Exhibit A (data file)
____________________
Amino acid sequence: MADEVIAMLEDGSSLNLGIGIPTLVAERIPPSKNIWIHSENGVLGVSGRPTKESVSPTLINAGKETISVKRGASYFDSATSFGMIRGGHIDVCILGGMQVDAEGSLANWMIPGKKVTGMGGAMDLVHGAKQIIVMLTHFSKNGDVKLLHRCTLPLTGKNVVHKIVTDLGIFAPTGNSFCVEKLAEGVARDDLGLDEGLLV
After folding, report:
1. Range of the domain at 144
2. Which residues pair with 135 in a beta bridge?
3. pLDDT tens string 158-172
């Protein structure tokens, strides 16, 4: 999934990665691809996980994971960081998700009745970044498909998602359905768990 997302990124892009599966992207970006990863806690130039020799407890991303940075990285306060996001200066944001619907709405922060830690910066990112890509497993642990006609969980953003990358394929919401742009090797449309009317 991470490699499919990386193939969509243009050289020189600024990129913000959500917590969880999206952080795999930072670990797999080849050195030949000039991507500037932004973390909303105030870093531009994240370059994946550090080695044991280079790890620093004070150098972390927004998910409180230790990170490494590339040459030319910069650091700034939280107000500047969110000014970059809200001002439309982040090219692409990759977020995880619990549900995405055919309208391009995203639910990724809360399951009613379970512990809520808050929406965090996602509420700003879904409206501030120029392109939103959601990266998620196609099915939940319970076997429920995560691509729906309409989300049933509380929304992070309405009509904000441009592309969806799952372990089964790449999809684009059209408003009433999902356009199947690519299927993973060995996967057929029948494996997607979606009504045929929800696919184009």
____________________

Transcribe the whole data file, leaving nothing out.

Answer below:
Amino acid sequence: MADEVIAMLEDGSSLNLGIGIPTLVAERIPPSKNIWIHSENGVLGVSGRPTKESVSPTLINAGKETISVKRGASYFDSATSFGMIRGGHIDVCILGGMQVDAEGSLANWMIPGKKVTGMGGAMDLVHGAKQIIVMLTHFSKNGDVKLLHRCTLPLTGKNVVHKIVTDLGIFAPTGNSFCVEKLAEGVARDDLGLDEGLLV
After folding, report:
1. Range of the domain at 144
2. Which residues pair with 135 in a beta bridge?
3. pLDDT tens string 158-172
């Protein structure tokens, strides 16, 4: 999934990665691809996980994971960081998700009745970044498909998602359905768990 997302990124892009599966992207970006990863806690130039020799407890991303940075990285306060996001200066944001619907709405922060830690910066990112890509497993642990006609969980953003990358394929919401742009090797449309009317 991470490699499919990386193939969509243009050289020189600024990129913000959500917590969880999206952080795999930072670990797999080849050195030949000039991507500037932004973390909303105030870093531009994240370059994946550090080695044991280079790890620093004070150098972390927004998910409180230790990170490494590339040459030319910069650091700034939280107000500047969110000014970059809200001002439309982040090219692409990759977020995880619990549900995405055919309208391009995203639910990724809360399951009613379970512990809520808050929406965090996602509420700003879904409206501030120029392109939103959601990266998620196609099915939940319970076997429920995560691509729906309409989300049933509380929304992070309405009509904000441009592309969806799952372990089964790449999809684009059209408003009433999902356009199947690519299927993973060995996967057929029948494996997607979606009504045929929800696919184009």